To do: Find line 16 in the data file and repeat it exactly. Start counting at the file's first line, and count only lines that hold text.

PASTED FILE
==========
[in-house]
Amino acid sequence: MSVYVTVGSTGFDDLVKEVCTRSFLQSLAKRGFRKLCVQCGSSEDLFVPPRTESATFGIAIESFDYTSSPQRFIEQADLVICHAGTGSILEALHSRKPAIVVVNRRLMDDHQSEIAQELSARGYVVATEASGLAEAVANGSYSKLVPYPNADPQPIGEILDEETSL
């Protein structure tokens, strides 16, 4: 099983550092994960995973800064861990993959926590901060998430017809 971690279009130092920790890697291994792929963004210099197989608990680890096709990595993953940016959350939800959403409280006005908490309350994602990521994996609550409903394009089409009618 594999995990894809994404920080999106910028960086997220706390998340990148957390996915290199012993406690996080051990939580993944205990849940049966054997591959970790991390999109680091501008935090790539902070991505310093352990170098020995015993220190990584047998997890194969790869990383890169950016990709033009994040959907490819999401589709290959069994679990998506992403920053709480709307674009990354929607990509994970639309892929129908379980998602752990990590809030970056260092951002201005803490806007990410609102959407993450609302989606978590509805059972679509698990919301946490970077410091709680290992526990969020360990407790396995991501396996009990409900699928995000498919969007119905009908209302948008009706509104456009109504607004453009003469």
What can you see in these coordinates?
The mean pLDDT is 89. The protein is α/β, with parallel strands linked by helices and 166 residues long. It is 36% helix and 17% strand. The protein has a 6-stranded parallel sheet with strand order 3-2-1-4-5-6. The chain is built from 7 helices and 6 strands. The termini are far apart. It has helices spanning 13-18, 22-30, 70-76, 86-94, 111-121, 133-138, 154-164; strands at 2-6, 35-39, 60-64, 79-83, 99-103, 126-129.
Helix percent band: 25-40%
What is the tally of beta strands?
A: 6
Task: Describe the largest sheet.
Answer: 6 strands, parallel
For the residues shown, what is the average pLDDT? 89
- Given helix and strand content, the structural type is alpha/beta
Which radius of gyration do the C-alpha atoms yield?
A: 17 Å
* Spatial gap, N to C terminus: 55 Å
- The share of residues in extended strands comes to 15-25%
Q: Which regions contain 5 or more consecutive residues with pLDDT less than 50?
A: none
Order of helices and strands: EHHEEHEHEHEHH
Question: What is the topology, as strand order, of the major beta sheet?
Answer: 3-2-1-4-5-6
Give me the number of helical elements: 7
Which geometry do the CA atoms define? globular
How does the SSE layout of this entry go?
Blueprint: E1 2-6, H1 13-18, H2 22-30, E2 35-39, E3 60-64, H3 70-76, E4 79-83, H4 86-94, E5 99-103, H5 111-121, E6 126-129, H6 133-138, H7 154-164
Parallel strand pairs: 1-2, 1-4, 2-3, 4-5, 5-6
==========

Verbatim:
- The share of residues in extended strands comes to 15-25%